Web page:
Don’t forget, you can always view the Lafayette, Moraga and Orinda council forums sponsored by the Times and the League of Women Voters here.

Posted on Wednesday, September 15th, 2010
Under: Uncategorized | No Comments »

Orinda candidates run into state sign laws

UPDATE #2: Orinda City Clerk Michele Olsen said she called Caltrans about signs along the freeway after receiving about 10 complaints from residents about the signs.

Candidates for public office sign a document when they file saying they will not place campaign signs on Caltrans land, Olsen said.

The city does not enforce freeway campaign sign regulations, she said, but will report violations to Caltrans when there are complaints. She said she has also given out Caltrans’ phone number to some residents, so its feasible the department received some direct calls from Orindans.

This all being said, who reports the violation is in some ways a moot point. State law prohibits campaign signs alongside landscaped freeways. Thus, if a sign is on the freeway, it is in violation of the law and anyone — the city, a resident — has a right to complain about it.

The problem for candidates is it’s difficult to tell where the freeway ends and city roads begins. Caltrans Regional Director Robert Songey acknowledged it’s a complicated issue. So the question then becomes, who is responsible for educating candidates about where signs are and are not allowed? The city? Caltrans? Or do candidates have the responsibility to educate themselves?

UPDATE: Tyson Krumholz said the Caltrans representative he spoke with told him the city called twice about signs near the freeway. Waiting to hear back from the city on this.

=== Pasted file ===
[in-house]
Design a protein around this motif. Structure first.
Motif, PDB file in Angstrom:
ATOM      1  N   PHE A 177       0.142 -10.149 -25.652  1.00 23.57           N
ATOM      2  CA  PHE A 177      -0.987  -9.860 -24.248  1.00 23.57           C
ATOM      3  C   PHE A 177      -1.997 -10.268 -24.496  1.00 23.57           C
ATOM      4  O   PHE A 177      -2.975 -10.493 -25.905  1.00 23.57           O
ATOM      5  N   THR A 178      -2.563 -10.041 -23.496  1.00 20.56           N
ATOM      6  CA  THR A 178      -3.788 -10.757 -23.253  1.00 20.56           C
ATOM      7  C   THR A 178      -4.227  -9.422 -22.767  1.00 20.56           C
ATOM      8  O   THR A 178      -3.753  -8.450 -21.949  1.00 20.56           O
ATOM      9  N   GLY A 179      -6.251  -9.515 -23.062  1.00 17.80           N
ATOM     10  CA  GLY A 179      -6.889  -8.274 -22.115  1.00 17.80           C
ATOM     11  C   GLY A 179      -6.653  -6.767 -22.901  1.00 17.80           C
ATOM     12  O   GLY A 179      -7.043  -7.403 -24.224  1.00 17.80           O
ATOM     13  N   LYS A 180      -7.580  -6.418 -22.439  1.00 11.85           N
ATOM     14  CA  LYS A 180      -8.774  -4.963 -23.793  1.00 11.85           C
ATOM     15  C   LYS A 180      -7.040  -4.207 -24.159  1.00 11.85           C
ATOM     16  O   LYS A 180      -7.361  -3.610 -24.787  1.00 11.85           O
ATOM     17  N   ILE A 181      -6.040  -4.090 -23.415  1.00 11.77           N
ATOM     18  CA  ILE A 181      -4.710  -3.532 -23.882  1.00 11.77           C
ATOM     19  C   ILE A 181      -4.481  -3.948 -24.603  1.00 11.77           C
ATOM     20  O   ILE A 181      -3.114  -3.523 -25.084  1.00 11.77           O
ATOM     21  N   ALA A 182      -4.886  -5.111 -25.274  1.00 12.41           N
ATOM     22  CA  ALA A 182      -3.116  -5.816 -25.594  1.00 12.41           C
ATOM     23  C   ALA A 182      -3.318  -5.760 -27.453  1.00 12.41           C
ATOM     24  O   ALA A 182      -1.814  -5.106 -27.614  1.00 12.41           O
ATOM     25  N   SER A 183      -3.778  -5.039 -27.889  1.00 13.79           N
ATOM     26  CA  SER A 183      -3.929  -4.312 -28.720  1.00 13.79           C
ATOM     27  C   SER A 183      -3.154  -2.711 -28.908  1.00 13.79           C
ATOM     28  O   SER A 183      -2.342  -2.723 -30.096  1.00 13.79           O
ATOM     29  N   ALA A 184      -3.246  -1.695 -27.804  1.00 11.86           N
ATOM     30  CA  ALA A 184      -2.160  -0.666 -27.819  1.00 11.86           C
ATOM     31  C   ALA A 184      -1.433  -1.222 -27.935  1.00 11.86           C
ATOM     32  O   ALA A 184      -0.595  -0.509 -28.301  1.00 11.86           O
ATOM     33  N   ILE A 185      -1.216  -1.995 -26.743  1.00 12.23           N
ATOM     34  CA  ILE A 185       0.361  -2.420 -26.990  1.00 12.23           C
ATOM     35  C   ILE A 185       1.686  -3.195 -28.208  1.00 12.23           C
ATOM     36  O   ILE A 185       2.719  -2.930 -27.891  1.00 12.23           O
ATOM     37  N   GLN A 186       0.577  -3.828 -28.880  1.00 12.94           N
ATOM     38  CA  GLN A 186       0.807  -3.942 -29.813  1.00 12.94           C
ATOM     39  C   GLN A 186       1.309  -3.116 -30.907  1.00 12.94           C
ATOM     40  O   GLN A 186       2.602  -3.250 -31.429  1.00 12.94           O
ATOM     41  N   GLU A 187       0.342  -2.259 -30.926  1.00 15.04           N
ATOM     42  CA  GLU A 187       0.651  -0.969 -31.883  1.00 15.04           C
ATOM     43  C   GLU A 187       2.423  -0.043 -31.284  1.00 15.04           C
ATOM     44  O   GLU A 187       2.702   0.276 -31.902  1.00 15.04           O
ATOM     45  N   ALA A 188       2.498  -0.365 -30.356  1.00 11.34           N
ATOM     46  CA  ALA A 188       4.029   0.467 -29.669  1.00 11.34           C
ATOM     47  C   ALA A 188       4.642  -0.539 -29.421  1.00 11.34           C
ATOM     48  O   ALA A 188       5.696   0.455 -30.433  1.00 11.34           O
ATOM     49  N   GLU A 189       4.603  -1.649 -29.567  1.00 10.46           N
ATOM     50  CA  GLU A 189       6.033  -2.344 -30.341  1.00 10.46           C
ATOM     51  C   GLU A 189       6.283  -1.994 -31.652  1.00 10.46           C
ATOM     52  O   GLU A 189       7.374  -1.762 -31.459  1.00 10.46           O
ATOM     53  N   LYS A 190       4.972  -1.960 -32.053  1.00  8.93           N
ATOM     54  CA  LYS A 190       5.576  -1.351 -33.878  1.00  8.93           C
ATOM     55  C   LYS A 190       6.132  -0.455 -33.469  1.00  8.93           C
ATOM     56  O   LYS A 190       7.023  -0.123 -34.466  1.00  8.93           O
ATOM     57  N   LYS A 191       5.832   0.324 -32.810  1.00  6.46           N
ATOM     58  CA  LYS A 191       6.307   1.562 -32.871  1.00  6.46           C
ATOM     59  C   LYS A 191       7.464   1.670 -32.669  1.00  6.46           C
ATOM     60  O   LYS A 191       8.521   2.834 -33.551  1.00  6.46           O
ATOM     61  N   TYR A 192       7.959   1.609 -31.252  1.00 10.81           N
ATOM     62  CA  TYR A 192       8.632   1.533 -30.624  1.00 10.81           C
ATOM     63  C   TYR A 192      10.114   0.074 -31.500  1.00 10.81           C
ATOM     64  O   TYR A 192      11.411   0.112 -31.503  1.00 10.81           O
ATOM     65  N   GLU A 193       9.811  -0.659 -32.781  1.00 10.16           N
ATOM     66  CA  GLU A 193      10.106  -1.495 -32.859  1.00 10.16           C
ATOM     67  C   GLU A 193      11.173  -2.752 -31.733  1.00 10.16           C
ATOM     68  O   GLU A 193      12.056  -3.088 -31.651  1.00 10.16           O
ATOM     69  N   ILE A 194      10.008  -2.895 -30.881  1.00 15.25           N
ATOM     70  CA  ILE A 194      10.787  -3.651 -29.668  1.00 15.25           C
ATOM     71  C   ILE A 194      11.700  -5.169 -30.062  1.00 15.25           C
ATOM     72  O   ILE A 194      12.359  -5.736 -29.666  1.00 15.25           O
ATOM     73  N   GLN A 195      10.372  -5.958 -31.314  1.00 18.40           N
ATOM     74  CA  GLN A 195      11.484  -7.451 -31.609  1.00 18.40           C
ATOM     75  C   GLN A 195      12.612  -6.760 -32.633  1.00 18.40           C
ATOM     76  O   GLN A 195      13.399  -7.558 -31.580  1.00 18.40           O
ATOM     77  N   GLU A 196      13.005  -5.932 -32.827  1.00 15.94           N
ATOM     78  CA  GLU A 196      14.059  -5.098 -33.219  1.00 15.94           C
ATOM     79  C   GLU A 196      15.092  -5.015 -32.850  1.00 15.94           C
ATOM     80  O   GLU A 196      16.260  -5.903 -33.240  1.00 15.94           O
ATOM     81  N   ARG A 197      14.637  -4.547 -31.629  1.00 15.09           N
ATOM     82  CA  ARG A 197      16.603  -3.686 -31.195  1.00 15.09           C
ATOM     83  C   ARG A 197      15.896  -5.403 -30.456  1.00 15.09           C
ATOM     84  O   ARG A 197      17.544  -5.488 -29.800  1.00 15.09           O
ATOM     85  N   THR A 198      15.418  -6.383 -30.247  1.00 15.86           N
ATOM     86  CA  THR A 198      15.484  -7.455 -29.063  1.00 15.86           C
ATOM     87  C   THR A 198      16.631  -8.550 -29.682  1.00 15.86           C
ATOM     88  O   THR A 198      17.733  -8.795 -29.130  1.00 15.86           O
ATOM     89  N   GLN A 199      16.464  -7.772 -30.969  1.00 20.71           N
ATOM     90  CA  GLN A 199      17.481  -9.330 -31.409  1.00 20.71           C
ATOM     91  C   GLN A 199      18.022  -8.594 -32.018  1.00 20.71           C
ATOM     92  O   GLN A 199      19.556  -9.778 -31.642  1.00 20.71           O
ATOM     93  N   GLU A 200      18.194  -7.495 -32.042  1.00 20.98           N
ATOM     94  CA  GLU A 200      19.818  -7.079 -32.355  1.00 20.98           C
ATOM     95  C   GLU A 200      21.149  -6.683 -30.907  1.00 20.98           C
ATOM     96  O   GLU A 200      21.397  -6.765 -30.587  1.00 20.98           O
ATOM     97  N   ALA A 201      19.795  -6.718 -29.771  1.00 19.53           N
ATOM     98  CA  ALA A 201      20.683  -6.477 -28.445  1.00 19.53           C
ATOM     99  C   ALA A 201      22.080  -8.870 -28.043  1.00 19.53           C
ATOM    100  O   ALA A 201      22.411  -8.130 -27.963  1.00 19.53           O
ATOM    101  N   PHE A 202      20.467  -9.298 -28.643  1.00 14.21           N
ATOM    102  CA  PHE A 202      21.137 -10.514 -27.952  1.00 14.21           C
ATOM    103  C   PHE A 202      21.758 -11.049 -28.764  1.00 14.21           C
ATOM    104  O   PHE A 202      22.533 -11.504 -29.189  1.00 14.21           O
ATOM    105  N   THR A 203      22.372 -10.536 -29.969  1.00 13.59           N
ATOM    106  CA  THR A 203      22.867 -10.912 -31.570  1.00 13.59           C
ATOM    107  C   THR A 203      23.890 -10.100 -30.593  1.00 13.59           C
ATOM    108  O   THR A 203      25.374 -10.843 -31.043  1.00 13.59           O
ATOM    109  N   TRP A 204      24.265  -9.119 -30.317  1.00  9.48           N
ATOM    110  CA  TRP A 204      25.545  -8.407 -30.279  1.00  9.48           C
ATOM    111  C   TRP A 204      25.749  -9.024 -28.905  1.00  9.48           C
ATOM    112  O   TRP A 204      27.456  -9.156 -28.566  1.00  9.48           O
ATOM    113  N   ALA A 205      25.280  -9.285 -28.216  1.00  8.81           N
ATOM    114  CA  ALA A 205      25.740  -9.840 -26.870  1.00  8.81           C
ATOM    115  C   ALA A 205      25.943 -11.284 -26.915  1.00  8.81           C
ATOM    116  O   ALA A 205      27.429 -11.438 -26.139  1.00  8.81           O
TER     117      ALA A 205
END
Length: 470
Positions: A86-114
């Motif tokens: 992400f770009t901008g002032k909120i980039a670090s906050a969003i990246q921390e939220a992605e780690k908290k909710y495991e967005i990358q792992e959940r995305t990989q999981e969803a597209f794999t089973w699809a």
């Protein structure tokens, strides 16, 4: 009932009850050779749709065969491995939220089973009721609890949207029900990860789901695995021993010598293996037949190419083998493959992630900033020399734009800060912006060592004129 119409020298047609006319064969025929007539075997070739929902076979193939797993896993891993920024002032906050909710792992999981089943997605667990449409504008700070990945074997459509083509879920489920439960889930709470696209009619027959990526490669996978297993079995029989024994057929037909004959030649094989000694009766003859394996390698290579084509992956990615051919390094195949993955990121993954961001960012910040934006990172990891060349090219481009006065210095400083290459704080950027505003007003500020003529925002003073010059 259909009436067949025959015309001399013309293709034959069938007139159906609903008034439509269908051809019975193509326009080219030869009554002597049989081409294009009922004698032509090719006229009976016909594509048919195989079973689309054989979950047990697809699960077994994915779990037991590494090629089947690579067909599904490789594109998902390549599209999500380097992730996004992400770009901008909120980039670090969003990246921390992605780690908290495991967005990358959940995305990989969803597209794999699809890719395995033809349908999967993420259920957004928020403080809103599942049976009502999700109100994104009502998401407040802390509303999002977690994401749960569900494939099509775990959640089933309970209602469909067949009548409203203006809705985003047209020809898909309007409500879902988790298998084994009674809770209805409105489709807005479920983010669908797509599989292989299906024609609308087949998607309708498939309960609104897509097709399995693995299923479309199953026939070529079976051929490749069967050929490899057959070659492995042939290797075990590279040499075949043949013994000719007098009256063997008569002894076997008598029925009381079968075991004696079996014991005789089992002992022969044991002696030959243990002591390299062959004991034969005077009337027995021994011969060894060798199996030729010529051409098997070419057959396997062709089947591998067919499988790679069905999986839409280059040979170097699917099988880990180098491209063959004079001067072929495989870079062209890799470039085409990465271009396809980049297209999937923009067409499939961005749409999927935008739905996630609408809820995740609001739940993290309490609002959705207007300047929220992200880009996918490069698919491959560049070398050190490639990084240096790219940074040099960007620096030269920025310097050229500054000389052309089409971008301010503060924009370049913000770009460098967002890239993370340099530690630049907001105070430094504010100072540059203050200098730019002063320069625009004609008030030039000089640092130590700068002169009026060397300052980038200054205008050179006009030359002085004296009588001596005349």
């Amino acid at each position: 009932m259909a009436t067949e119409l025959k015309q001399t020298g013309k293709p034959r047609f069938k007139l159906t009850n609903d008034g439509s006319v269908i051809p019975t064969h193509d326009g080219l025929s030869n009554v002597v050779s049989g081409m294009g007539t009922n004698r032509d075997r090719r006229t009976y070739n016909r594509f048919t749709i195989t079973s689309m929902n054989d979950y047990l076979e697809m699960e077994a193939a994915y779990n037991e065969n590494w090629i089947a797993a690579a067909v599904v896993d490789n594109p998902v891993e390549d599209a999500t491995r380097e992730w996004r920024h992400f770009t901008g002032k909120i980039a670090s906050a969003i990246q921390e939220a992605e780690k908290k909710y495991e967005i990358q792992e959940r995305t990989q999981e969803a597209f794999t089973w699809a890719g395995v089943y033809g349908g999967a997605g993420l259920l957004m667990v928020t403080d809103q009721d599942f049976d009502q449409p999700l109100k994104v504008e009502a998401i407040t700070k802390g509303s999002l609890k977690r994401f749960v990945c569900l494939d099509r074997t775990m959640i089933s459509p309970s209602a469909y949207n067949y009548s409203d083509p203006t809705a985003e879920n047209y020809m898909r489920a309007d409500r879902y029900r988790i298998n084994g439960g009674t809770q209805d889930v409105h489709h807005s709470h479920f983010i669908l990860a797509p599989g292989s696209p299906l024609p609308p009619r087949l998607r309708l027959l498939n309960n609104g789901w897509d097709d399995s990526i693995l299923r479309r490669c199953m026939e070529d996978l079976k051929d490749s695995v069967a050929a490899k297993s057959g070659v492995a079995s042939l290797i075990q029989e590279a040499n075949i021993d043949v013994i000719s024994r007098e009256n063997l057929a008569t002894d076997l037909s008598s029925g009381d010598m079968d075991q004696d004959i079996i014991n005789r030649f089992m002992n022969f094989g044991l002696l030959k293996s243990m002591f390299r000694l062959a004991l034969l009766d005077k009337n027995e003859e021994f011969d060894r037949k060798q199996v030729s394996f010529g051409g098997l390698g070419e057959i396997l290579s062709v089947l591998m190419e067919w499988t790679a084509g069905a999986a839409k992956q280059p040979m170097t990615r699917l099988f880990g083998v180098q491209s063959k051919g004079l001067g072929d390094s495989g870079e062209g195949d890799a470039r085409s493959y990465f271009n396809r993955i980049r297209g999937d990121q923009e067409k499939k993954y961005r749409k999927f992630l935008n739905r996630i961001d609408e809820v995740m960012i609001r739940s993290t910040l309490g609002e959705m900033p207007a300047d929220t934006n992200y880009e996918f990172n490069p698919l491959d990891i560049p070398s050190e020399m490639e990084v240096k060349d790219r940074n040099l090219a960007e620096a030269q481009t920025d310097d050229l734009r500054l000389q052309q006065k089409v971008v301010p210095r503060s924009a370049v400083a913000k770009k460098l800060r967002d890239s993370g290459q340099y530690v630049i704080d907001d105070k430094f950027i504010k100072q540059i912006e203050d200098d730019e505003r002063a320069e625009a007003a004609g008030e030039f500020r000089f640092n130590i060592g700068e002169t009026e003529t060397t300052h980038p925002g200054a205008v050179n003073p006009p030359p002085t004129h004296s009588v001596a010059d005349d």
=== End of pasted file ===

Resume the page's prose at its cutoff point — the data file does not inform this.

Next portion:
Orinda won’t enforce it’s sign regulations (or at least those pertaining to campaign signs) but that doesn’t mean Caltrans won’t.

That’s the lesson local candidates learned when they discovered signs they had placed at the corner of Camino Pablo and the Highway 24 west offramp had been removed.

But the city didn’t take the signs down; the state Department of Transportation did.

Here’s a picture provided by Orinda school board candidate Bekki Van Voorhis-Gilbert of the signs at the Caltrans facility in Walnut Creek.

CalTrans candidate signs cropped.pjg

The partially obscured green sign is for Orinda council candidate Scott Zeller. I’m not sure who belongs to the slogan, “Less Talk, More Action.”

According to California Business and Professions Code article 8 section 5440:

… no advertising display may be placed or maintained on property adjacent to a section of a freeway that has been landscaped if the advertising display is designed to be viewed primarily by persons traveling on the main-traveled way of the landscaped freeway.

State law defines “landscaped freeway” as one that has been improved on at least one side with trees, plants or other vegetation. There are exceptions to the no sign rule, but none of them apply to campaign signs.

How are candidates to tell what falls under Caltrans jurisdiction? The freeway right-of-way will be delineated by a fence, said Regional Manager Robert Songey. Signs cannot be inside of that fence or attached to the fence, he said.

In the Orinda case, Songey said, Caltrans responded to a complaint from an Orinda resident. But he said Caltrans workers will also take down signs if they’re working in an area and notice them, and are especially vigilant during campaign seasons.

Orinda school board candidate Tyson Krumholz said the city should provide more information about where city land ends and state land begins.

“Where that starts and stops, the city should truly define that so CalTrans doesn’t have to waste its time,” he said.

Posted on Wednesday, September 15th, 2010
Under: Orinda, Roads | No Comments »

Where did the Moraga council minutes go?

The website for Moraga Council candidates Dennis and Eleni Wanken has just about everything you could ask for in a campaign website. Billboard-style labeling? Check. Alternating bolded, italicized and underlined fonts? Check. Images of incumbents with red x’s across their faces? Check.